Peter Galbraith can’t stand Bush’s Iraq policy, but is always worth reading. Here’s his latest from the New York Review of Books.
The good news: “There is, in fact, no Iraqi insurgency. There is a Sunni Arab insurgency. And it cannot win. Neither the al-Qaeda terrorists nor the former Baathists can win. Even if the US withdrew tomorrow, neither insurgents nor terrorists would be knocking down the gates to Iraq’s Presidential Palace in Baghdad.”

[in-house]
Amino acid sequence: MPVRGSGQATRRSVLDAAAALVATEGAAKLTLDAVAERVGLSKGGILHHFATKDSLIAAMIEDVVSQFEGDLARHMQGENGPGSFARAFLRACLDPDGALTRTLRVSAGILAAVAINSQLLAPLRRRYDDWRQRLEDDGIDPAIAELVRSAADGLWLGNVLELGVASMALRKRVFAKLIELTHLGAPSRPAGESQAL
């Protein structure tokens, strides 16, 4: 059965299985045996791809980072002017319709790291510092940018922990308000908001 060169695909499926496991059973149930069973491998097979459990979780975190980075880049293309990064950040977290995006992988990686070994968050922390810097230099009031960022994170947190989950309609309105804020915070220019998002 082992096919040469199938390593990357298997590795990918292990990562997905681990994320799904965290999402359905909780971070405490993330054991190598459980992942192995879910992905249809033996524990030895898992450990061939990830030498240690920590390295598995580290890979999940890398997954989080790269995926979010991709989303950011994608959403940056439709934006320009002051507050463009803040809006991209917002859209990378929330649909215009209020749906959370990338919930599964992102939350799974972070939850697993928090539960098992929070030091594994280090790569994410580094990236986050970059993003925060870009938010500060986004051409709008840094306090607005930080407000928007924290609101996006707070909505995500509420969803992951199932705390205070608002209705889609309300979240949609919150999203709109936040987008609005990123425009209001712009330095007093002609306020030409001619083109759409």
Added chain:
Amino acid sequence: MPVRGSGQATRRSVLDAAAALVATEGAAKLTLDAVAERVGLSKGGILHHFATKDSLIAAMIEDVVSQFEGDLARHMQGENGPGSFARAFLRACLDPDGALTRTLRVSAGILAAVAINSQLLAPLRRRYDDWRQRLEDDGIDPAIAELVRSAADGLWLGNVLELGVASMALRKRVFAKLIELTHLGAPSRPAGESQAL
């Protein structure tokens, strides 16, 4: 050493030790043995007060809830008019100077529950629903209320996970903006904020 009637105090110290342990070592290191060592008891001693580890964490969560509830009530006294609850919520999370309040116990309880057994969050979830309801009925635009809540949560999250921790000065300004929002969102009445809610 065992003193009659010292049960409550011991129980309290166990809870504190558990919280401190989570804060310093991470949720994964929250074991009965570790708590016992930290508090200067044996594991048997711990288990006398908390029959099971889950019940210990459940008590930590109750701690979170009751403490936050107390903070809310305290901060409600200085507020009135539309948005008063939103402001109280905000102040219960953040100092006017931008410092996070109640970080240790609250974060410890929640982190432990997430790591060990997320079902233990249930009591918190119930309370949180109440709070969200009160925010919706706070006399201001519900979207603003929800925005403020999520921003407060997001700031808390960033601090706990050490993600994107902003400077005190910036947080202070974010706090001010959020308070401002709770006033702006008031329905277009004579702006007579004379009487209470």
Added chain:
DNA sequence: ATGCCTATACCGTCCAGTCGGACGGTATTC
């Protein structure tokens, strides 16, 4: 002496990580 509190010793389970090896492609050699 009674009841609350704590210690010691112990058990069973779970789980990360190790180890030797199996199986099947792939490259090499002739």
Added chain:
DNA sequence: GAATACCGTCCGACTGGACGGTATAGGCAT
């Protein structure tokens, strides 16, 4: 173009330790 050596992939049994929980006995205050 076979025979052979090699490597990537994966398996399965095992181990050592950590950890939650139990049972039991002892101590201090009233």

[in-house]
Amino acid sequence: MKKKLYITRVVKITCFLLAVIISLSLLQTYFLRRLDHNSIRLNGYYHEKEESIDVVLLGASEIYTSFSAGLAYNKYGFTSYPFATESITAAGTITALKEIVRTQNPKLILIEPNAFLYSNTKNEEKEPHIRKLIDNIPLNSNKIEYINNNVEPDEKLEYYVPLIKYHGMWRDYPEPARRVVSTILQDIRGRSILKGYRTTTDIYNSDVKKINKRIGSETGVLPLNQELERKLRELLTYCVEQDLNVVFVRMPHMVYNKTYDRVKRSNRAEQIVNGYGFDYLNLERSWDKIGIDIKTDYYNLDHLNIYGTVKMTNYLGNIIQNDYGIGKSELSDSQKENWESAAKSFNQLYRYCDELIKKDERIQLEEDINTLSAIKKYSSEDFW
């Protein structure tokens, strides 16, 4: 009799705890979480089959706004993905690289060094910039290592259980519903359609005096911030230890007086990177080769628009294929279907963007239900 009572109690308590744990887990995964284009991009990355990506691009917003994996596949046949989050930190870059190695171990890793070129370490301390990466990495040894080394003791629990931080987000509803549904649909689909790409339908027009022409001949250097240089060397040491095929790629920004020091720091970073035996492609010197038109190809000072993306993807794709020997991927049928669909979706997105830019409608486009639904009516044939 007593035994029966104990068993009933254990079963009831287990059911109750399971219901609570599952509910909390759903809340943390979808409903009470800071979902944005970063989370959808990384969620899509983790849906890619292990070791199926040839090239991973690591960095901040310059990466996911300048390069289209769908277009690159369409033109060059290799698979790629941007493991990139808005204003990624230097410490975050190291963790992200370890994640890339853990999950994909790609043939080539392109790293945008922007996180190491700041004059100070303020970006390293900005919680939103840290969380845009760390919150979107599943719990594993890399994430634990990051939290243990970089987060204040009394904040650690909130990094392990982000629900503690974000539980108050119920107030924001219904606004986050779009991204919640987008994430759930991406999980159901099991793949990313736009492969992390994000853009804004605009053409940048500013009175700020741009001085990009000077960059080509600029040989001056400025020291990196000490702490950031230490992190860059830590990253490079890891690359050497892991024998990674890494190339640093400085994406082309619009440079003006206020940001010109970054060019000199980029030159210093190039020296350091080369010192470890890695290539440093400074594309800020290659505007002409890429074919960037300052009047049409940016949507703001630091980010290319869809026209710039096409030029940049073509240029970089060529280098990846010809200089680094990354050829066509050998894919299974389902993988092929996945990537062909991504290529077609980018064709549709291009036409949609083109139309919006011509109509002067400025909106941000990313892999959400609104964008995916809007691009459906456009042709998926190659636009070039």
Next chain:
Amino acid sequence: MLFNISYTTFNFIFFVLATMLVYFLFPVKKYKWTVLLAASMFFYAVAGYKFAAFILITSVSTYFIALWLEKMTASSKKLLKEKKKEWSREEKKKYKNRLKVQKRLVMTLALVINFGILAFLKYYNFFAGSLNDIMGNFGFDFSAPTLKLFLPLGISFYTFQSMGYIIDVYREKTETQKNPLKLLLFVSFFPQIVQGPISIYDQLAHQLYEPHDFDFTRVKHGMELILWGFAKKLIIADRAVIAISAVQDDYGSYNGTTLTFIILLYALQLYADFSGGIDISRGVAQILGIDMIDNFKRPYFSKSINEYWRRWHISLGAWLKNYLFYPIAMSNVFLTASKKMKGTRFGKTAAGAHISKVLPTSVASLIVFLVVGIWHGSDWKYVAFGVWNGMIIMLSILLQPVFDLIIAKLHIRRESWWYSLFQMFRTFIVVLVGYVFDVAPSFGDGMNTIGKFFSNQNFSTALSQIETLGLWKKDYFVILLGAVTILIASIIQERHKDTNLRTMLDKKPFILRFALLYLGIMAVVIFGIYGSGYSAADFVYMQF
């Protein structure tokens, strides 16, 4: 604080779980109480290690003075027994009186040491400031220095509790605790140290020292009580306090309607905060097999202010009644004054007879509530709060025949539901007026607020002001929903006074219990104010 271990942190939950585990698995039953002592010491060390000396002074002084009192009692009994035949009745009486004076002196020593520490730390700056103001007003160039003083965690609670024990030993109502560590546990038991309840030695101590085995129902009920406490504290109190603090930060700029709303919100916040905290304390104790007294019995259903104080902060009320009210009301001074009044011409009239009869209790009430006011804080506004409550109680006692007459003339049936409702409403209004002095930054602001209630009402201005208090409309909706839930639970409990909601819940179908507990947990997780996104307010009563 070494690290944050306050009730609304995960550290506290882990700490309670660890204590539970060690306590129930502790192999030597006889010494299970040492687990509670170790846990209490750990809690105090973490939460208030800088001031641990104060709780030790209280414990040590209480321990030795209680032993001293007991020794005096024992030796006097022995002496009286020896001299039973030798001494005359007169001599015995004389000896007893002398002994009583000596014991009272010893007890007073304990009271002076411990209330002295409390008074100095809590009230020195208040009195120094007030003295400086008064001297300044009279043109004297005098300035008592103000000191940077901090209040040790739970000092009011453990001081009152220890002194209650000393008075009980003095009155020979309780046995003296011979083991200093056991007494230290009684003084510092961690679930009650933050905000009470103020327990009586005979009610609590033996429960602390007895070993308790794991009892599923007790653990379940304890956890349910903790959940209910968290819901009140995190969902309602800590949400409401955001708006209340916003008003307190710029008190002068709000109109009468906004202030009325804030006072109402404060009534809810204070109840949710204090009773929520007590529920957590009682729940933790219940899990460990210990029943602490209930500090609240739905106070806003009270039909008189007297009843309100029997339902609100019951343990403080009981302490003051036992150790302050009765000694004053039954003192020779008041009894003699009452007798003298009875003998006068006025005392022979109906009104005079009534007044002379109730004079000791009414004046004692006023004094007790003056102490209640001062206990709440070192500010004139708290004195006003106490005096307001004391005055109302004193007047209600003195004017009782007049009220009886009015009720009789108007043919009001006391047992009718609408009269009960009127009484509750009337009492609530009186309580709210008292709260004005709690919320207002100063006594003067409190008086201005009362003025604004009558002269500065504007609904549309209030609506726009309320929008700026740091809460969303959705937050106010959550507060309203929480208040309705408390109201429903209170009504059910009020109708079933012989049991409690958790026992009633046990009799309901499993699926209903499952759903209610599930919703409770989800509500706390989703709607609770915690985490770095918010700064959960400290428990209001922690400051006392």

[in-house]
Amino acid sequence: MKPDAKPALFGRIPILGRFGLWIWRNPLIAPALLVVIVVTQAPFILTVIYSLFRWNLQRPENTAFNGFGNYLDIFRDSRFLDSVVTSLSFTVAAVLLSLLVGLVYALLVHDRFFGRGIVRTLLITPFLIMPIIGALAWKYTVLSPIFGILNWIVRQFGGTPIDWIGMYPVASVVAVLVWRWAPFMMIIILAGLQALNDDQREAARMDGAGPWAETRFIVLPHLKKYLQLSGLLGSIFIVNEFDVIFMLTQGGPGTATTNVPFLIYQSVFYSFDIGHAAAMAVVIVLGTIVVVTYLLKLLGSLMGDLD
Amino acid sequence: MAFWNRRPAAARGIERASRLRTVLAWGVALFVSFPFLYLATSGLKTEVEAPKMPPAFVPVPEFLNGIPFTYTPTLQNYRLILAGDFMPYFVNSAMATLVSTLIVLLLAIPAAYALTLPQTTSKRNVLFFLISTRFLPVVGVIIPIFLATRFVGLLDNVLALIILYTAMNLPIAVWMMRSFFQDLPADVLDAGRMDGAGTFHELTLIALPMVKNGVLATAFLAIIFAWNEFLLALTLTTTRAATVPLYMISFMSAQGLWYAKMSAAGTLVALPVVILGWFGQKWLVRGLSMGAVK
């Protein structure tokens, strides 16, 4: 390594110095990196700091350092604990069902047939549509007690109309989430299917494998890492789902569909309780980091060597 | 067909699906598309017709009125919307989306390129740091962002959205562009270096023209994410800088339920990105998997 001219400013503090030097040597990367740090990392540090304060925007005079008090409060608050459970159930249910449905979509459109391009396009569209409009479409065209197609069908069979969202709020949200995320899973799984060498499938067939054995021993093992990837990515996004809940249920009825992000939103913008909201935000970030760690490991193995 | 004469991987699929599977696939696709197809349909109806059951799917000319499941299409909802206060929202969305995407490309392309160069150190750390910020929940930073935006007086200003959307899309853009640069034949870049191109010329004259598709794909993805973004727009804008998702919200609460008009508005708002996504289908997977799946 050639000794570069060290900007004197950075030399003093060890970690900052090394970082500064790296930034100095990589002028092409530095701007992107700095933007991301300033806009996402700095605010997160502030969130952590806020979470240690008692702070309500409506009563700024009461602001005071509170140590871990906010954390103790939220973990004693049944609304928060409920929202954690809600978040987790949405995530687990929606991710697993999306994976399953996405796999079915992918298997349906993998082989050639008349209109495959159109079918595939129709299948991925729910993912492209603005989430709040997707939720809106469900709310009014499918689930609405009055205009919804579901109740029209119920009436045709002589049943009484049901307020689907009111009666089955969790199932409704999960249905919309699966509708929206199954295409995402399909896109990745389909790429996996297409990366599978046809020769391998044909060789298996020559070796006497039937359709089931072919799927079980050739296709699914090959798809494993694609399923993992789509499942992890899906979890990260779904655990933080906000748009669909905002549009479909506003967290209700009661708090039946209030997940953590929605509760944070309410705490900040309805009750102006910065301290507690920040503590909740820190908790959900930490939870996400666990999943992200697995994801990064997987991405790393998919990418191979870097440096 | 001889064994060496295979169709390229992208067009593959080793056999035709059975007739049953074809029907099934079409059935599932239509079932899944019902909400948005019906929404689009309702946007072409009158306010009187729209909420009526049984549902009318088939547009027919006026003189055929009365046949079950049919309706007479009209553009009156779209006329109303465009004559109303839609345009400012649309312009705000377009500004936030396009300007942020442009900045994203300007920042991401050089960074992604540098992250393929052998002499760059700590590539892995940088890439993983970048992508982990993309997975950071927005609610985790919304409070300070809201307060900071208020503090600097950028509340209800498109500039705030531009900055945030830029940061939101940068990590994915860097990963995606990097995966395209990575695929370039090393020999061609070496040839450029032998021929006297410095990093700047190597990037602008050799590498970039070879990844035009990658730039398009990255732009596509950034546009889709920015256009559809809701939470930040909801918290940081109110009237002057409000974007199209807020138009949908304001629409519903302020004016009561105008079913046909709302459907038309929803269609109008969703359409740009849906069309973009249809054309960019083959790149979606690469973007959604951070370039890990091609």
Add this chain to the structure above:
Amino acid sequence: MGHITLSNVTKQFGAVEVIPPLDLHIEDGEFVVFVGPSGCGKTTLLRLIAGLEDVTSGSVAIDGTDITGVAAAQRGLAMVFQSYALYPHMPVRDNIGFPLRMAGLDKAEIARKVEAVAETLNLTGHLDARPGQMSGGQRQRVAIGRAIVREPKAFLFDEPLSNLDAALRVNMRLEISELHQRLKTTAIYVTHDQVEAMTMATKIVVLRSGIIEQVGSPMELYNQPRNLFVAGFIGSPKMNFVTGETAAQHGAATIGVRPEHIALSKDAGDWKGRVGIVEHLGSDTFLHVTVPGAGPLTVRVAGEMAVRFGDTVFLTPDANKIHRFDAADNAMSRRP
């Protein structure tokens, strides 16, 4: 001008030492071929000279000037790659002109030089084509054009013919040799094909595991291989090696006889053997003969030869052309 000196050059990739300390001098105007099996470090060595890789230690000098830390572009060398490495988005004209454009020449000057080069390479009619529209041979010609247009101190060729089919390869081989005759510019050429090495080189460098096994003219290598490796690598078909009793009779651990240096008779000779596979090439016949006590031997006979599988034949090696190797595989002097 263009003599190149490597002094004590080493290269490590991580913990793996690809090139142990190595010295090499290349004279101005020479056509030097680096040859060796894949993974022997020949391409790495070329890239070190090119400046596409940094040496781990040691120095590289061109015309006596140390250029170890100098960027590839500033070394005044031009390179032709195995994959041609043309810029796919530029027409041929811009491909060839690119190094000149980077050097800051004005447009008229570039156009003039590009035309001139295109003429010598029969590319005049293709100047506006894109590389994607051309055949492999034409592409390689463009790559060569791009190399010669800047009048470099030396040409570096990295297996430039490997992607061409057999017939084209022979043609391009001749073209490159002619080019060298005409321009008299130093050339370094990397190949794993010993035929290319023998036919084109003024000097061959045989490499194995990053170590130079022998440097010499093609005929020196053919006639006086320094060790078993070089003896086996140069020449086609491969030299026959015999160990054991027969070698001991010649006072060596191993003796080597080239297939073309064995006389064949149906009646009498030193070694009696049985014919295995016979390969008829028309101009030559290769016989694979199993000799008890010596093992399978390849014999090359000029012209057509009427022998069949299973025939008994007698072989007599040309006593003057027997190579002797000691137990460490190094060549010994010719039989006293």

The bad news: “But while the insurgents cannot win, neither can they be defeated. For most of his thirty-five-year rule Saddam Hussein faced guerrilla warfare from Kurds or Shiites—and sometimes both. Even the most brutal of tactics could not pacify communities that did not accept Sunni Arab rule. Today Sunni Arabs reject rule by Iraq’s Shiite majority. It is unrealistic to think the American military—operating with a fraction of the intelligence of the Saddam Hussein regime and with much less brutality (Abu Ghraib notwithstanding)—can quell a Sunni Arab resistance that is no longer solely anti-American but also anti-Shiite.”